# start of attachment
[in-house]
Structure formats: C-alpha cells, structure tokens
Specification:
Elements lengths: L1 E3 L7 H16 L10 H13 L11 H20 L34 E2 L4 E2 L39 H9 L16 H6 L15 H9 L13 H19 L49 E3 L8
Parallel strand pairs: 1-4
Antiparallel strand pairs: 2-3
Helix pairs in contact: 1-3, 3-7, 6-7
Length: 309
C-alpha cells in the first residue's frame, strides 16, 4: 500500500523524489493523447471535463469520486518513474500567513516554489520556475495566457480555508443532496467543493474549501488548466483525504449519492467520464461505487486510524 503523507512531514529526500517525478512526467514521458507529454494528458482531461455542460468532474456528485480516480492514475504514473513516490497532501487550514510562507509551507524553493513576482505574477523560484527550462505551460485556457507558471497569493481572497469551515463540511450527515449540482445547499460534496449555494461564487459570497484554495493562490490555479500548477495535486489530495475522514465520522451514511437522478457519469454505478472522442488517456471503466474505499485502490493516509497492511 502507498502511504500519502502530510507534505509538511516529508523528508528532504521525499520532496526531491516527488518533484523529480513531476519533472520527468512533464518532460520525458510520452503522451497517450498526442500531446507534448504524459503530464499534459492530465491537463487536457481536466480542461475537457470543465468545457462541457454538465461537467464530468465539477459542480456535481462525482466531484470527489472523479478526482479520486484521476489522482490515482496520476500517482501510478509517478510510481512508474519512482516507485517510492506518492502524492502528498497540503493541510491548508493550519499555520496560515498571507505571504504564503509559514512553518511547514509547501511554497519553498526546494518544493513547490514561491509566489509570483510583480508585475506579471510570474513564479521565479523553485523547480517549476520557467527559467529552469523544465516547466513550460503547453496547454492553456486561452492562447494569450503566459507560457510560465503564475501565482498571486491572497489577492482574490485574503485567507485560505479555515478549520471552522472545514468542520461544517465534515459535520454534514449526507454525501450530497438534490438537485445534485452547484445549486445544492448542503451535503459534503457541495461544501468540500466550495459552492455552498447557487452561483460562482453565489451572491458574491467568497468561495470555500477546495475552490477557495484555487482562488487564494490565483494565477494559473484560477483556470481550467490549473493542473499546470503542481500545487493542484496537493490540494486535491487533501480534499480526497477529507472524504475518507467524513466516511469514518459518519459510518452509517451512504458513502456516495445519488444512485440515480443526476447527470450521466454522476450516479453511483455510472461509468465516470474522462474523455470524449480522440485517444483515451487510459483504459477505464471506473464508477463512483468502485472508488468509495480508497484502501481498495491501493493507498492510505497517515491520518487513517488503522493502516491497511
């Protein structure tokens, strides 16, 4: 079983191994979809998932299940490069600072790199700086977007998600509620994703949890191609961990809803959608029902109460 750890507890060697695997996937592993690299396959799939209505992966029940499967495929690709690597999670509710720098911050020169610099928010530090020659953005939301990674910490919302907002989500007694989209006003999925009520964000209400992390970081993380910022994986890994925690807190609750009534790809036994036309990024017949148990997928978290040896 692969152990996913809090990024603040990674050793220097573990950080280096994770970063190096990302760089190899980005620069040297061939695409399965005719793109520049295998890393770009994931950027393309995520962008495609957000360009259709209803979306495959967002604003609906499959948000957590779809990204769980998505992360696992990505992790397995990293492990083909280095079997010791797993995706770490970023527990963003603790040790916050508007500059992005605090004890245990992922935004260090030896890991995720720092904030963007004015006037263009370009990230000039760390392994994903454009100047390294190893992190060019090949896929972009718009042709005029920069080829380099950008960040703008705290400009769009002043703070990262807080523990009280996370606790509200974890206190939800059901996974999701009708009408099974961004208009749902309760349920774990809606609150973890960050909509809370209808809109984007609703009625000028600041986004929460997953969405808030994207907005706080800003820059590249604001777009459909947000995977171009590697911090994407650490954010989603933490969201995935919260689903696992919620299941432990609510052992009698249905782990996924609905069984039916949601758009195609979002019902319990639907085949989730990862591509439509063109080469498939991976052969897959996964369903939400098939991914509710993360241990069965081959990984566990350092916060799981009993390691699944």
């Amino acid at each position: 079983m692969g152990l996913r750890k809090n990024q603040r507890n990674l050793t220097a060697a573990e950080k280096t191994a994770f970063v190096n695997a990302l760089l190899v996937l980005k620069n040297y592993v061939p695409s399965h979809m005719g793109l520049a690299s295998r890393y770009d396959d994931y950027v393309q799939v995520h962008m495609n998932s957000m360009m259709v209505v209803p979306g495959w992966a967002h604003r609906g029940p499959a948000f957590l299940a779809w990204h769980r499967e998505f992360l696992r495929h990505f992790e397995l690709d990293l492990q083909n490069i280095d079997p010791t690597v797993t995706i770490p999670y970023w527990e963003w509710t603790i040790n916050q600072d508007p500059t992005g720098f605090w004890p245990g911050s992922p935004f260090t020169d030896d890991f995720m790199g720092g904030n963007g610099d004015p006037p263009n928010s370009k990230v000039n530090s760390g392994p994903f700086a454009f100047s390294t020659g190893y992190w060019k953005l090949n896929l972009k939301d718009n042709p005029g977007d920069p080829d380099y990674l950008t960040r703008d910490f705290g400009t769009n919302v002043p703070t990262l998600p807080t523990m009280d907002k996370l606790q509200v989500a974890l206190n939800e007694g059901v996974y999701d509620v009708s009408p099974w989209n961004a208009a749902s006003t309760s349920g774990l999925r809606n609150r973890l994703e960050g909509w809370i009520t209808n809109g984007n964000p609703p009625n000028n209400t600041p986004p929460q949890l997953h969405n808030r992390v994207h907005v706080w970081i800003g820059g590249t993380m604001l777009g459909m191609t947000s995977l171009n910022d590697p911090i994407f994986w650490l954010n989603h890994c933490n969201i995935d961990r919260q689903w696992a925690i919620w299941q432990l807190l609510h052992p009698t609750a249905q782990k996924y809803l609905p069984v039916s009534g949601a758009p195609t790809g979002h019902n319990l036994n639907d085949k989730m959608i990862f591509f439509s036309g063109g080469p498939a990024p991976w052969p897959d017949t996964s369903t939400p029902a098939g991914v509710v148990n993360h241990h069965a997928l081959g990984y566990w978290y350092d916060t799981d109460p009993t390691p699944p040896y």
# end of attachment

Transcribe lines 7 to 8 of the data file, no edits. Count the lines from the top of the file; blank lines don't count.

Helix pairs in contact: 1-3, 3-7, 6-7
Length: 309